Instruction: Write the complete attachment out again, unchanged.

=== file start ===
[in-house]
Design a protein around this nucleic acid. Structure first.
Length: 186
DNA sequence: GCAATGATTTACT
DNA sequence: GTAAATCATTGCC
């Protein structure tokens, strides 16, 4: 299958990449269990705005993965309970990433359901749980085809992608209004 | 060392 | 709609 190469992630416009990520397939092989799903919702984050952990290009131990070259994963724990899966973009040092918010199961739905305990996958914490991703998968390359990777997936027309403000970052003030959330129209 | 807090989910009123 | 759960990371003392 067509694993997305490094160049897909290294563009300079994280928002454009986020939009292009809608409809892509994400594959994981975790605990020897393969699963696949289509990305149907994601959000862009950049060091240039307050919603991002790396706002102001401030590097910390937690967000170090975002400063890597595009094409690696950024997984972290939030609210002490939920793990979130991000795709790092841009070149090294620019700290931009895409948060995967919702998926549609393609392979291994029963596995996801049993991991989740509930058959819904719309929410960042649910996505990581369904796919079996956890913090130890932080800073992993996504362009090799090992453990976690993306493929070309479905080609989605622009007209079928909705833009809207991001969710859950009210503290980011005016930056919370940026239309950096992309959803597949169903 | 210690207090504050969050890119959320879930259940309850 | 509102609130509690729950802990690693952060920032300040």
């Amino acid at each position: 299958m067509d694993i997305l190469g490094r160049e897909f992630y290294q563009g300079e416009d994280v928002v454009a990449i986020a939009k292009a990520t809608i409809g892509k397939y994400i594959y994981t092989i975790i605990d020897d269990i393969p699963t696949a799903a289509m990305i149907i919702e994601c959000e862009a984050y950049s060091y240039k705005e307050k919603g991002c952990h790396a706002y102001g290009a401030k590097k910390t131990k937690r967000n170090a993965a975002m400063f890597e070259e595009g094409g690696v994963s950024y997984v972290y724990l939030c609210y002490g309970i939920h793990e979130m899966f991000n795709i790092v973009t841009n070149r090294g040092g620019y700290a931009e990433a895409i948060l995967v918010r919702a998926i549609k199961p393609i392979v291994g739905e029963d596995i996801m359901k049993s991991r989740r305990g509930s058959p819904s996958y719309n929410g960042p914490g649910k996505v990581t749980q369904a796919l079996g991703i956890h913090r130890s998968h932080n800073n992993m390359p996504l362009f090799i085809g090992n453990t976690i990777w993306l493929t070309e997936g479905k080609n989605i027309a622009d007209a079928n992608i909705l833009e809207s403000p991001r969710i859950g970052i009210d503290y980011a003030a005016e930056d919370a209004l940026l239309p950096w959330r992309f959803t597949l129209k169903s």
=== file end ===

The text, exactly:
[in-house]
Design a protein around this nucleic acid. Structure first.
Length: 186
DNA sequence: GCAATGATTTACT
DNA sequence: GTAAATCATTGCC
């Protein structure tokens, strides 16, 4: 299958990449269990705005993965309970990433359901749980085809992608209004 | 060392 | 709609 190469992630416009990520397939092989799903919702984050952990290009131990070259994963724990899966973009040092918010199961739905305990996958914490991703998968390359990777997936027309403000970052003030959330129209 | 807090989910009123 | 759960990371003392 067509694993997305490094160049897909290294563009300079994280928002454009986020939009292009809608409809892509994400594959994981975790605990020897393969699963696949289509990305149907994601959000862009950049060091240039307050919603991002790396706002102001401030590097910390937690967000170090975002400063890597595009094409690696950024997984972290939030609210002490939920793990979130991000795709790092841009070149090294620019700290931009895409948060995967919702998926549609393609392979291994029963596995996801049993991991989740509930058959819904719309929410960042649910996505990581369904796919079996956890913090130890932080800073992993996504362009090799090992453990976690993306493929070309479905080609989605622009007209079928909705833009809207991001969710859950009210503290980011005016930056919370940026239309950096992309959803597949169903 | 210690207090504050969050890119959320879930259940309850 | 509102609130509690729950802990690693952060920032300040």
């Amino acid at each position: 299958m067509d694993i997305l190469g490094r160049e897909f992630y290294q563009g300079e416009d994280v928002v454009a990449i986020a939009k292009a990520t809608i409809g892509k397939y994400i594959y994981t092989i975790i605990d020897d269990i393969p699963t696949a799903a289509m990305i149907i919702e994601c959000e862009a984050y950049s060091y240039k705005e307050k919603g991002c952990h790396a706002y102001g290009a401030k590097k910390t131990k937690r967000n170090a993965a975002m400063f890597e070259e595009g094409g690696v994963s950024y997984v972290y724990l939030c609210y002490g309970i939920h793990e979130m899966f991000n795709i790092v973009t841009n070149r090294g040092g620019y700290a931009e990433a895409i948060l995967v918010r919702a998926i549609k199961p393609i392979v291994g739905e029963d596995i996801m359901k049993s991991r989740r305990g509930s058959p819904s996958y719309n929410g960042p914490g649910k996505v990581t749980q369904a796919l079996g991703i956890h913090r130890s998968h932080n800073n992993m390359p996504l362009f090799i085809g090992n453990t976690i990777w993306l493929t070309e997936g479905k080609n989605i027309a622009d007209a079928n992608i909705l833009e809207s403000p991001r969710i859950g970052i009210d503290y980011a003030a005016e930056d919370a209004l940026l239309p950096w959330r992309f959803t597949l129209k169903s």